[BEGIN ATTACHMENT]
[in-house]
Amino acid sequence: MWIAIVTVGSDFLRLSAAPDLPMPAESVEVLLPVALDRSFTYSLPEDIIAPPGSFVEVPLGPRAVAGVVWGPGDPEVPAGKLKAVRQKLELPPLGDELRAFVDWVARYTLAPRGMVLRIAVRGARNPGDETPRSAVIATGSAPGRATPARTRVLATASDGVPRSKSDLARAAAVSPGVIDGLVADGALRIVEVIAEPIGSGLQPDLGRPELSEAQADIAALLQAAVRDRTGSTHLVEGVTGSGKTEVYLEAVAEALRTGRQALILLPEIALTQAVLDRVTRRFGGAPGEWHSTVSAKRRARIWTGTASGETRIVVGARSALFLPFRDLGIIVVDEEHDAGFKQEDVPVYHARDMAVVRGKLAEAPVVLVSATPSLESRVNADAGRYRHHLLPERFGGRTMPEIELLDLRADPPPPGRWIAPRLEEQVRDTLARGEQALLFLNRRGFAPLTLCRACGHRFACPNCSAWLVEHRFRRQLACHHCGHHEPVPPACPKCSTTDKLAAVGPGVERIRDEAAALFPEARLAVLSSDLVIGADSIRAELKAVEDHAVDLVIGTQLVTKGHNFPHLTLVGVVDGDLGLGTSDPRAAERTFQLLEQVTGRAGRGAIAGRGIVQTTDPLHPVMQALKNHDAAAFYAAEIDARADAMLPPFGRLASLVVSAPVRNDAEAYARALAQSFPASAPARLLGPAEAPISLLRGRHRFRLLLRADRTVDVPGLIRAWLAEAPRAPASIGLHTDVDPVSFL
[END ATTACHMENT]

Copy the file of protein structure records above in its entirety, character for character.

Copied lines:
[in-house]
Amino acid sequence: MWIAIVTVGSDFLRLSAAPDLPMPAESVEVLLPVALDRSFTYSLPEDIIAPPGSFVEVPLGPRAVAGVVWGPGDPEVPAGKLKAVRQKLELPPLGDELRAFVDWVARYTLAPRGMVLRIAVRGARNPGDETPRSAVIATGSAPGRATPARTRVLATASDGVPRSKSDLARAAAVSPGVIDGLVADGALRIVEVIAEPIGSGLQPDLGRPELSEAQADIAALLQAAVRDRTGSTHLVEGVTGSGKTEVYLEAVAEALRTGRQALILLPEIALTQAVLDRVTRRFGGAPGEWHSTVSAKRRARIWTGTASGETRIVVGARSALFLPFRDLGIIVVDEEHDAGFKQEDVPVYHARDMAVVRGKLAEAPVVLVSATPSLESRVNADAGRYRHHLLPERFGGRTMPEIELLDLRADPPPPGRWIAPRLEEQVRDTLARGEQALLFLNRRGFAPLTLCRACGHRFACPNCSAWLVEHRFRRQLACHHCGHHEPVPPACPKCSTTDKLAAVGPGVERIRDEAAALFPEARLAVLSSDLVIGADSIRAELKAVEDHAVDLVIGTQLVTKGHNFPHLTLVGVVDGDLGLGTSDPRAAERTFQLLEQVTGRAGRGAIAGRGIVQTTDPLHPVMQALKNHDAAAFYAAEIDARADAMLPPFGRLASLVVSAPVRNDAEAYARALAQSFPASAPARLLGPAEAPISLLRGRHRFRLLLRADRTVDVPGLIRAWLAEAPRAPASIGLHTDVDPVSFL